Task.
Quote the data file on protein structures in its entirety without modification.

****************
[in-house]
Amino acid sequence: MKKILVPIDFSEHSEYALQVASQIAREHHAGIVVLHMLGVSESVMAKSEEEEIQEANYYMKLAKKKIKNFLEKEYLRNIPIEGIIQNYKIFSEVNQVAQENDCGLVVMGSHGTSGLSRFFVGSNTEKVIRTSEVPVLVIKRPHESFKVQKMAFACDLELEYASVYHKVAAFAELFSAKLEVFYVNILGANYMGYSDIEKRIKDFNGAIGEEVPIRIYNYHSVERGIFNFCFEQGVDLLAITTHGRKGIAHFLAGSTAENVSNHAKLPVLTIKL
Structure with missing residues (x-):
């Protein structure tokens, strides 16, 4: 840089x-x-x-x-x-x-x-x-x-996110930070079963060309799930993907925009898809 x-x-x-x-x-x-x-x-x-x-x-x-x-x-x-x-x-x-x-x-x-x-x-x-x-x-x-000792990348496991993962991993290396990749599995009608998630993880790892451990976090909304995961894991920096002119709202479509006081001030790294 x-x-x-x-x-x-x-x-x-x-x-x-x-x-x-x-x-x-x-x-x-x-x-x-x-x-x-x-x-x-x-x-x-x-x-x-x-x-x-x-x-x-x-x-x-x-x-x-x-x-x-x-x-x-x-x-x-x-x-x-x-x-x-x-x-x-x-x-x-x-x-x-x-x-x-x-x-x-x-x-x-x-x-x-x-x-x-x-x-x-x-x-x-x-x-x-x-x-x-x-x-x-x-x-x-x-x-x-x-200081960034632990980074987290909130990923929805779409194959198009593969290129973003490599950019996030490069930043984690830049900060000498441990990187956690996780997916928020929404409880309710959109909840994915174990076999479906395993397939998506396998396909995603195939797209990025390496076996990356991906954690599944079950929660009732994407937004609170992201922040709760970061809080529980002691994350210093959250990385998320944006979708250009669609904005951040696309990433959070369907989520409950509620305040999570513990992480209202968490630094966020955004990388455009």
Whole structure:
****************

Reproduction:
[in-house]
Amino acid sequence: MKKILVPIDFSEHSEYALQVASQIAREHHAGIVVLHMLGVSESVMAKSEEEEIQEANYYMKLAKKKIKNFLEKEYLRNIPIEGIIQNYKIFSEVNQVAQENDCGLVVMGSHGTSGLSRFFVGSNTEKVIRTSEVPVLVIKRPHESFKVQKMAFACDLELEYASVYHKVAAFAELFSAKLEVFYVNILGANYMGYSDIEKRIKDFNGAIGEEVPIRIYNYHSVERGIFNFCFEQGVDLLAITTHGRKGIAHFLAGSTAENVSNHAKLPVLTIKL
Structure with missing residues (x-):
């Protein structure tokens, strides 16, 4: 840089x-x-x-x-x-x-x-x-x-996110930070079963060309799930993907925009898809 x-x-x-x-x-x-x-x-x-x-x-x-x-x-x-x-x-x-x-x-x-x-x-x-x-x-x-000792990348496991993962991993290396990749599995009608998630993880790892451990976090909304995961894991920096002119709202479509006081001030790294 x-x-x-x-x-x-x-x-x-x-x-x-x-x-x-x-x-x-x-x-x-x-x-x-x-x-x-x-x-x-x-x-x-x-x-x-x-x-x-x-x-x-x-x-x-x-x-x-x-x-x-x-x-x-x-x-x-x-x-x-x-x-x-x-x-x-x-x-x-x-x-x-x-x-x-x-x-x-x-x-x-x-x-x-x-x-x-x-x-x-x-x-x-x-x-x-x-x-x-x-x-x-x-x-x-x-x-x-x-200081960034632990980074987290909130990923929805779409194959198009593969290129973003490599950019996030490069930043984690830049900060000498441990990187956690996780997916928020929404409880309710959109909840994915174990076999479906395993397939998506396998396909995603195939797209990025390496076996990356991906954690599944079950929660009732994407937004609170992201922040709760970061809080529980002691994350210093959250990385998320944006979708250009669609904005951040696309990433959070369907989520409950509620305040999570513990992480209202968490630094966020955004990388455009």
Whole structure: